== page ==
Will ABC have anything controversial or exciting to talk about at Tuesday (January 10) morning’s Television Critics Association press tour panel?
Only one way to find out…
Click through for the full live-blog…
9:03 a.m. “Good morning, everybody. So what did you think of ‘Work It’?” ABC Entertainment President Paul Lee says, beginning his panel. To describe the laughter as “half-hearted” would be generous.
9:05 a.m. “It’s sexy, it’s sticky, it’s more-ish,” Lee says of his love for “Revenge.” It was a good fall for ABC, Lee says.
9:07 a.m. Midseason will also be good, Lee says. He’s particularly high on “The River” and “GCB” and “Missing.” Lee says that “Scandal” will premiere in early April and will air on Thursdays after “Grey’s Anatomy.” Lee also describes “Scandal” as “sticky” and “sexy.”
9:09 a.m. “The B—- in Apartment 23” will premiere in April and will get the “Modern Family” lead-in on Wednesday nights.
9:09 a.m. Lee insists the network hasn’t saved all of its heavy-hitters for midseason, but he points out that with the Oscars, ABC has a big launch-pad in midseason and that midseason is a better place for shows to stand out in a smaller crowd. “I think my job isn’t to launch a week’s television,” Lee says.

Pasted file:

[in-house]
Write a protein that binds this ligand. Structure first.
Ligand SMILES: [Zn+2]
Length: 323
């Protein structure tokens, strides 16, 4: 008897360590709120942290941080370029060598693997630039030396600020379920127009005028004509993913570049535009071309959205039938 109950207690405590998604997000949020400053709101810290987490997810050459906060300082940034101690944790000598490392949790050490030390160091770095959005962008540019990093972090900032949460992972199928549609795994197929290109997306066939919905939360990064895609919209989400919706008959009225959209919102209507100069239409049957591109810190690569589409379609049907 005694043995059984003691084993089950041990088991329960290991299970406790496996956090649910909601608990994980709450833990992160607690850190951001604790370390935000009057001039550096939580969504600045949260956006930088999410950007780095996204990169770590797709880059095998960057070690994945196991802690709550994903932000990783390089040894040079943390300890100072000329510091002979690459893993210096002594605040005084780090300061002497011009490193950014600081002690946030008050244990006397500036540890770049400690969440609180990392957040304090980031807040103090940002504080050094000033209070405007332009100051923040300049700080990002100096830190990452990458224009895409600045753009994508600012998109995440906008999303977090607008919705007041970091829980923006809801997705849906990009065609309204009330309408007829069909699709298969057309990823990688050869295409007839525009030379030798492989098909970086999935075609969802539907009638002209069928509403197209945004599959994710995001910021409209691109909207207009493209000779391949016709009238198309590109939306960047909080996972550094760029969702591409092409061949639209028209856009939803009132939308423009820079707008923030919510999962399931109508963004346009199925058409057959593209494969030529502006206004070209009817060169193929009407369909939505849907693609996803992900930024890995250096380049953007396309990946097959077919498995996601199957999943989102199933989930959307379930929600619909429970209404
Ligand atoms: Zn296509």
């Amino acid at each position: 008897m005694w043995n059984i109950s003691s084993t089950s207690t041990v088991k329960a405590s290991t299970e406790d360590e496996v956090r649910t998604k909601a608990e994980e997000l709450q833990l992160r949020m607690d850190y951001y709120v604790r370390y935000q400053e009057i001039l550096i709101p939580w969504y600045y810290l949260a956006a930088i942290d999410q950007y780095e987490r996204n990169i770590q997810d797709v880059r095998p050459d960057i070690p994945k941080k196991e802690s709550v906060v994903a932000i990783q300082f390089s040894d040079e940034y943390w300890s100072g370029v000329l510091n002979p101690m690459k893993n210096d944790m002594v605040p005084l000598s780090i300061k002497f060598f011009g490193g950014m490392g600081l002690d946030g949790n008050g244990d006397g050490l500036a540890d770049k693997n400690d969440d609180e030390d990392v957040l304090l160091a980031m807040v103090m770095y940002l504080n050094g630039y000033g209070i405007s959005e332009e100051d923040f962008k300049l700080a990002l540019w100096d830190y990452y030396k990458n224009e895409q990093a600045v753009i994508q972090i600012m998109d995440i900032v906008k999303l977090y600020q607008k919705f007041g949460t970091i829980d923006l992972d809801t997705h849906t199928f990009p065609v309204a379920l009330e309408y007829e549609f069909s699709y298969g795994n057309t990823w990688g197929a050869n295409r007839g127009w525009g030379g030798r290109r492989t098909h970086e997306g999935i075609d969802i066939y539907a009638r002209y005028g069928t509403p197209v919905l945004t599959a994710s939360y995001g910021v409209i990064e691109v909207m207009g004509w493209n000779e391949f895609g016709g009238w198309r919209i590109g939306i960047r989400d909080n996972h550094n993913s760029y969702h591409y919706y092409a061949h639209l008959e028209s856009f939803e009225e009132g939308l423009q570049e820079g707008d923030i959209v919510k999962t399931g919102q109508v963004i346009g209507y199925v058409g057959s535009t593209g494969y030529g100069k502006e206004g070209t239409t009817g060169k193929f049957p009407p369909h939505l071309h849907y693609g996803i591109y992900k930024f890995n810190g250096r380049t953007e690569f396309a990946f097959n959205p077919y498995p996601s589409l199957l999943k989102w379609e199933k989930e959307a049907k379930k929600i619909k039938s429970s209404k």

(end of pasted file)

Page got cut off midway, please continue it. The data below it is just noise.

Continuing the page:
9:10 a.m. First “Cougar Town” question! Lee promises that when “Cougar Town” launches, they’ll promote it and that the show will tentatively premiere in March. Lee praises the “pirate” job that Bill Lawrence has done in stirring up the audience for his show. “I think ‘Cougar Town’ is great. We have a good launch pad for it,” Lee says. Lee fantasizes “Cougar Town,” “Happy Endings” and “Apt.23” might be a young comedy block in the future. He promises a premiere announcement will come soon.
9:12 a.m. “On broadcast, it turns out it’s not a word you want to use in the title,” Lee says of his two spring shows that used to have the word “bitch” in the title, but don’t anymore. He thinks that even without using the word “bitch,” the titles of “Apt.23” and “GCB” reflect the show’s irreverence.
9:13 a.m. When “Apt. 23” and “Scandal” premiere in April, that will mark the season end to the “Happy Endings” season, while “Private Practice” will shift to a different night to see if it can stand alone without its “Grey’s Anatomy” lead-in.
9:15 a.m. Paul Lee expects the promotional campaign for “GCB” to pique people’s interest, even if the show has a meaningless title.